'Major Disaster' Declaration Unlocks Millions in Federal Flood Aid for Vermont | News | Seven Days | Vermont's Independent Voice

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'Major Disaster' Declaration Unlocks Millions in Federal Flood Aid for Vermont

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Published July 14, 2023 at 2:13 p.m.
Updated July 26, 2023 at 2:04 p.m.


Flooded street in Montpelier - KEVIN MCCALLUM ©️ SEVEN DAYS
  • Kevin McCallum ©️ Seven Days
  • Flooded street in Montpelier
The federal government issued a major disaster declaration for Vermont following widespread floods, making available more resources to aid the state's recovery.

The designation, requested by Gov. Phil Scott this week, allows the Federal Emergency Management Agency to distribute funds for infrastructure repairs and to individuals who have been affected.

State officials want to make federal relief funds "as easy as possible" to access, Gov. Phil Scott said at a press conference on Friday.



Federal regulations allow those affected by the floods to apply for up to $41,000 in housing aid and another $41,000 for other needs. Officials encouraged residents to document their damage and begin cleanup work immediately. Information and aid applications can be accessed at disasterassistance.gov or by calling 1-800-621-3362.

It's too early to estimate the cost of flood damage across the state, Scott said. Following the 2011 floods caused by Tropical Storm Irene, FEMA spent more than $208 million on public infrastructure in Vermont and provided more than $23 million to 3,600 residents, mostly for housing, according to federal data.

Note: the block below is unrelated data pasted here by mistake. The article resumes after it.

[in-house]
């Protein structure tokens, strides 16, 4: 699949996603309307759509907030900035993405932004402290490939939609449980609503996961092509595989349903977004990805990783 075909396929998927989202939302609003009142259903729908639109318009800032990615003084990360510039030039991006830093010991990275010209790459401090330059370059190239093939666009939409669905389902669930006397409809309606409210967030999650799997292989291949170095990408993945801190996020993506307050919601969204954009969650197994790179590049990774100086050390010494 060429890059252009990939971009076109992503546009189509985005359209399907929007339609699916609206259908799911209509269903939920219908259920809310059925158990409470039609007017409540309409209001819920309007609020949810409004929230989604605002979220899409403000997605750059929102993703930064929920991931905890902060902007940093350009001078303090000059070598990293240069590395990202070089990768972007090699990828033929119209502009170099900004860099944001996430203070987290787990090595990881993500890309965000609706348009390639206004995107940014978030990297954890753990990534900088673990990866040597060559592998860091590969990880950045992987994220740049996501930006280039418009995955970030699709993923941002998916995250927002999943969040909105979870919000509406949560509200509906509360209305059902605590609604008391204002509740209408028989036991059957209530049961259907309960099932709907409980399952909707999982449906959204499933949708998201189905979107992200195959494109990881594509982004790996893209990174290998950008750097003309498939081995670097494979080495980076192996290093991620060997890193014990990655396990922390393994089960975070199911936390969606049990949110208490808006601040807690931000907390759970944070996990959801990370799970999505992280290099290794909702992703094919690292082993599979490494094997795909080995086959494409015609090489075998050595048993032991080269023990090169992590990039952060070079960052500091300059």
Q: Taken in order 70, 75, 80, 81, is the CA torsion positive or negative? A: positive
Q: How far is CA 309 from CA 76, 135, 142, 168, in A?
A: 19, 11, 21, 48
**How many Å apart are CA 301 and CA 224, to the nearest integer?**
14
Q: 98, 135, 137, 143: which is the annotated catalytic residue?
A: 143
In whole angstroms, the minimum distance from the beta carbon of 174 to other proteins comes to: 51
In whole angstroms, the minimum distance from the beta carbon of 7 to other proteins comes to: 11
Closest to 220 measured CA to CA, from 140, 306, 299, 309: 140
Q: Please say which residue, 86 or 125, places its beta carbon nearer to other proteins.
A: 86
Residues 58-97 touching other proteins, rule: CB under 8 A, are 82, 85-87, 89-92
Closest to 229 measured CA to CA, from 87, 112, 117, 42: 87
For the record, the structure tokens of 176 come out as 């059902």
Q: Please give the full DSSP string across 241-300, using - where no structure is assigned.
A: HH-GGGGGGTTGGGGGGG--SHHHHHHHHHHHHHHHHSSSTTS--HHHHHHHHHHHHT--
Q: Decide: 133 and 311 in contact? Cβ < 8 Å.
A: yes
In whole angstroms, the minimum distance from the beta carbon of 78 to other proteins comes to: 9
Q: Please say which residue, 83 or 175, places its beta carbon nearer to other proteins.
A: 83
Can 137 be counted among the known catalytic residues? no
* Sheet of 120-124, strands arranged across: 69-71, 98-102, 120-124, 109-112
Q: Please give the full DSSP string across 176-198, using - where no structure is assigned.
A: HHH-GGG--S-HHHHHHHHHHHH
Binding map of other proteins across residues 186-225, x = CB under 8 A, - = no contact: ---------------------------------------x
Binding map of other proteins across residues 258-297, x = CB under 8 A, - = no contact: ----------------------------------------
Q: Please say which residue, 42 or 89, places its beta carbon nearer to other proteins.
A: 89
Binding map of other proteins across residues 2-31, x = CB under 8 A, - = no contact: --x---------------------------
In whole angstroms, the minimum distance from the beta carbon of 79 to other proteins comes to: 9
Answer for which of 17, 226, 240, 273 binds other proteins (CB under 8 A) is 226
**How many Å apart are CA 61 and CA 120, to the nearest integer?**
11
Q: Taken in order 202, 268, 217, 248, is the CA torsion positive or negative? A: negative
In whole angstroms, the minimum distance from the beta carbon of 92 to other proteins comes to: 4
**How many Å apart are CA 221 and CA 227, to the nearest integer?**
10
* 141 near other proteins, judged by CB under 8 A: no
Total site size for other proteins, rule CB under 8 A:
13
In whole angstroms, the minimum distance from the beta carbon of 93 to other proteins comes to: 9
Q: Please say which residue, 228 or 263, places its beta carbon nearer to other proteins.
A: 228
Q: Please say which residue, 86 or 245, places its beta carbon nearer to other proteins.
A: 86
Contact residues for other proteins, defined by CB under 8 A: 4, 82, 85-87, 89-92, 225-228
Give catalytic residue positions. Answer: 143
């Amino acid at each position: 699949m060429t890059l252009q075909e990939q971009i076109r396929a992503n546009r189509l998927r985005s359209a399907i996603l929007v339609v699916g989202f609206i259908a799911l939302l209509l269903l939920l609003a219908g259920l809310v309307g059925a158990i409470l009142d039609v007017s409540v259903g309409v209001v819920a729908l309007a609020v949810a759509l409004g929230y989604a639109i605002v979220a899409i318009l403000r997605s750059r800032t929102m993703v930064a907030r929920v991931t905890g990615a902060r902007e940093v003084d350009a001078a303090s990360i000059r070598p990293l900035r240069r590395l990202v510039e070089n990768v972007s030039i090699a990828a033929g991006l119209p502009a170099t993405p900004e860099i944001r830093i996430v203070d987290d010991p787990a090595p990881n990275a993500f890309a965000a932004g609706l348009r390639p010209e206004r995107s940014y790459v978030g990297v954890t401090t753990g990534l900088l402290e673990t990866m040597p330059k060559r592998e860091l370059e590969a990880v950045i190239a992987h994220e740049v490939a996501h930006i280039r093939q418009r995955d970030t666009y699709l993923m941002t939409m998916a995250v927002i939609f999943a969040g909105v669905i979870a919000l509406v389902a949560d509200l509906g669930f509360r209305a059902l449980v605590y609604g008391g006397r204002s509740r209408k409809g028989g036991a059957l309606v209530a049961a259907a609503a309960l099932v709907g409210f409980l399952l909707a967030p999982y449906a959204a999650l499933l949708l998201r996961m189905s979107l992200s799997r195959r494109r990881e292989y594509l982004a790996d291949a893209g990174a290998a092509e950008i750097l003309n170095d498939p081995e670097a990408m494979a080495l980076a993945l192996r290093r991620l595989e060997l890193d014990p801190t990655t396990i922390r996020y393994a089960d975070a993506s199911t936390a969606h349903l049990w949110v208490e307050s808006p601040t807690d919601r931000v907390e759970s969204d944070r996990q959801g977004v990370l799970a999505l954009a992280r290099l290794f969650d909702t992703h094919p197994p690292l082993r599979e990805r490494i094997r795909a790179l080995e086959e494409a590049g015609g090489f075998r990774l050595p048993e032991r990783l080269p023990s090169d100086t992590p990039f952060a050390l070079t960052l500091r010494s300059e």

Nearly 200 FEMA officials have been deployed to the state in recent days, state Public Safety Commissioner Jennifer Morrison said.

A 63-year-old Barre man, Stephen Davoll, drowned Wednesday in his flood-damaged home, state officials said. His is the first confirmed flood-related death.
Flooding in Montpelier - KEVIN MCCALLUM ©️ SEVEN DAYS
  • Kevin McCallum ©️ Seven Days
  • Flooding in Montpelier
The state avoided another round of serious flash flooding from a band of severe thunderstorms that passed through on Thursday evening. The storm briefly knocked out power for roughly 14,000 customers, mostly in Rutland and Addison counties. About 3,500 customers still didn't have electricity as of Friday morning, Morrison said.

As recovery efforts have ramped up, the number of people staying at state-coordinated emergency shelters has dropped to 68, about half of whom are staying at the Barre Municipal Auditorium. State crews and contractors have reestablished access to scores of damaged roadways, but stretches of 19 state roads remain closed, Transportation Secretary Joe Flynn said.

Some communities remain under boil-water notices due to contamination concerns.

Health Commissioner Mark Levine urged people to wear protective gear while cleaning up homes and businesses damaged by floodwaters.

"Time to get out, again, the N95 masks and gloves," he said. 

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